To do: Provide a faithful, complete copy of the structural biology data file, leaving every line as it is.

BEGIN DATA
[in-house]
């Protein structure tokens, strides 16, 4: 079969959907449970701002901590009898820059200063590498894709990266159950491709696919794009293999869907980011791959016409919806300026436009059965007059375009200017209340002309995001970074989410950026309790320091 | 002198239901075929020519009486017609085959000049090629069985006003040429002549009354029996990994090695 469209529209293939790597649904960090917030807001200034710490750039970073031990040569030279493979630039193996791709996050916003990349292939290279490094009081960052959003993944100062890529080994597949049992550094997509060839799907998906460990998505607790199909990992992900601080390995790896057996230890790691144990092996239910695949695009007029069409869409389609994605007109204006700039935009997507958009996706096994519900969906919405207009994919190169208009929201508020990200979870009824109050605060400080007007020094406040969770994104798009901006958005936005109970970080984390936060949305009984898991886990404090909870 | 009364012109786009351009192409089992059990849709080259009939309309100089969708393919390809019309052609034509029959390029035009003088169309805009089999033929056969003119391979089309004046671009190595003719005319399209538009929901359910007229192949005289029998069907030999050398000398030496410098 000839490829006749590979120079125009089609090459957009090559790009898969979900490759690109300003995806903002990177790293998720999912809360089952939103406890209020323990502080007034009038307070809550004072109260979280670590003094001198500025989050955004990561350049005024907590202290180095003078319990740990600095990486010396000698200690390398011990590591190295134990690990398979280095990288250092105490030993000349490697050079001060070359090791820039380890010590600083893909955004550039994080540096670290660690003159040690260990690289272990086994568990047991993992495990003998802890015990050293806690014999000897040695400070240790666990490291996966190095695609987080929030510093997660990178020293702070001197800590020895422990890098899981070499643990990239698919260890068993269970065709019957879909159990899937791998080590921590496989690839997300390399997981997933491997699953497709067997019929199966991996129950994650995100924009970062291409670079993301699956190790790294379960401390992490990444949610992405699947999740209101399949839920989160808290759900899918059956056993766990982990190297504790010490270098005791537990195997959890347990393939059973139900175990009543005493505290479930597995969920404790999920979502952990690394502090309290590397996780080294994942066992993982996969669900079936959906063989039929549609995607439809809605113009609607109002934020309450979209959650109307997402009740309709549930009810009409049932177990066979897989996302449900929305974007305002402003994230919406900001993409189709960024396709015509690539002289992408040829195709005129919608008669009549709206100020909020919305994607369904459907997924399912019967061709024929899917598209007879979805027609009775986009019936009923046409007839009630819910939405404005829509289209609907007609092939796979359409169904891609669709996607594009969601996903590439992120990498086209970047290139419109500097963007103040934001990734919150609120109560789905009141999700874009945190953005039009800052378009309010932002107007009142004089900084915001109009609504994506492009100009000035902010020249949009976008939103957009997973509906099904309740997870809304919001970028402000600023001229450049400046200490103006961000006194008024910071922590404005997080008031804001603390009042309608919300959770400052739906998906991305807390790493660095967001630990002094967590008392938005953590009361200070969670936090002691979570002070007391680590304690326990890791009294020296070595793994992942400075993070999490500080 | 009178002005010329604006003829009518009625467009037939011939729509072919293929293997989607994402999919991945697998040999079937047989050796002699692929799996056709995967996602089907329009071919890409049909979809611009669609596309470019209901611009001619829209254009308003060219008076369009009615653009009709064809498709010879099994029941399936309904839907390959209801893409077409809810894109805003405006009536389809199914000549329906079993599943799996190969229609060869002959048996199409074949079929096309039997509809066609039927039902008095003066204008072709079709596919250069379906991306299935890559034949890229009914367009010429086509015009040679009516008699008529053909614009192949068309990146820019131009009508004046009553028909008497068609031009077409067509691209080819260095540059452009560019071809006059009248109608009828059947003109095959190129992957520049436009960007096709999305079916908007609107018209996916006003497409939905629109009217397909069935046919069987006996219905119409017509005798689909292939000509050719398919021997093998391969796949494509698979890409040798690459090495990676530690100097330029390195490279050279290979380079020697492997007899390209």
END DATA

[in-house]
């Protein structure tokens, strides 16, 4: 079969959907449970701002901590009898820059200063590498894709990266159950491709696919794009293999869907980011791959016409919806300026436009059965007059375009200017209340002309995001970074989410950026309790320091 | 002198239901075929020519009486017609085959000049090629069985006003040429002549009354029996990994090695 469209529209293939790597649904960090917030807001200034710490750039970073031990040569030279493979630039193996791709996050916003990349292939290279490094009081960052959003993944100062890529080994597949049992550094997509060839799907998906460990998505607790199909990992992900601080390995790896057996230890790691144990092996239910695949695009007029069409869409389609994605007109204006700039935009997507958009996706096994519900969906919405207009994919190169208009929201508020990200979870009824109050605060400080007007020094406040969770994104798009901006958005936005109970970080984390936060949305009984898991886990404090909870 | 009364012109786009351009192409089992059990849709080259009939309309100089969708393919390809019309052609034509029959390029035009003088169309805009089999033929056969003119391979089309004046671009190595003719005319399209538009929901359910007229192949005289029998069907030999050398000398030496410098 000839490829006749590979120079125009089609090459957009090559790009898969979900490759690109300003995806903002990177790293998720999912809360089952939103406890209020323990502080007034009038307070809550004072109260979280670590003094001198500025989050955004990561350049005024907590202290180095003078319990740990600095990486010396000698200690390398011990590591190295134990690990398979280095990288250092105490030993000349490697050079001060070359090791820039380890010590600083893909955004550039994080540096670290660690003159040690260990690289272990086994568990047991993992495990003998802890015990050293806690014999000897040695400070240790666990490291996966190095695609987080929030510093997660990178020293702070001197800590020895422990890098899981070499643990990239698919260890068993269970065709019957879909159990899937791998080590921590496989690839997300390399997981997933491997699953497709067997019929199966991996129950994650995100924009970062291409670079993301699956190790790294379960401390992490990444949610992405699947999740209101399949839920989160808290759900899918059956056993766990982990190297504790010490270098005791537990195997959890347990393939059973139900175990009543005493505290479930597995969920404790999920979502952990690394502090309290590397996780080294994942066992993982996969669900079936959906063989039929549609995607439809809605113009609607109002934020309450979209959650109307997402009740309709549930009810009409049932177990066979897989996302449900929305974007305002402003994230919406900001993409189709960024396709015509690539002289992408040829195709005129919608008669009549709206100020909020919305994607369904459907997924399912019967061709024929899917598209007879979805027609009775986009019936009923046409007839009630819910939405404005829509289209609907007609092939796979359409169904891609669709996607594009969601996903590439992120990498086209970047290139419109500097963007103040934001990734919150609120109560789905009141999700874009945190953005039009800052378009309010932002107007009142004089900084915001109009609504994506492009100009000035902010020249949009976008939103957009997973509906099904309740997870809304919001970028402000600023001229450049400046200490103006961000006194008024910071922590404005997080008031804001603390009042309608919300959770400052739906998906991305807390790493660095967001630990002094967590008392938005953590009361200070969670936090002691979570002070007391680590304690326990890791009294020296070595793994992942400075993070999490500080 | 009178002005010329604006003829009518009625467009037939011939729509072919293929293997989607994402999919991945697998040999079937047989050796002699692929799996056709995967996602089907329009071919890409049909979809611009669609596309470019209901611009001619829209254009308003060219008076369009009615653009009709064809498709010879099994029941399936309904839907390959209801893409077409809810894109805003405006009536389809199914000549329906079993599943799996190969229609060869002959048996199409074949079929096309039997509809066609039927039902008095003066204008072709079709596919250069379906991306299935890559034949890229009914367009010429086509015009040679009516008699008529053909614009192949068309990146820019131009009508004046009553028909008497068609031009077409067509691209080819260095540059452009560019071809006059009248109608009828059947003109095959190129992957520049436009960007096709999305079916908007609107018209996916006003497409939905629109009217397909069935046919069987006996219905119409017509005798689909292939000509050719398919021997093998391969796949494509698979890409040798690459090495990676530690100097330029390195490279050279290979380079020697492997007899390209």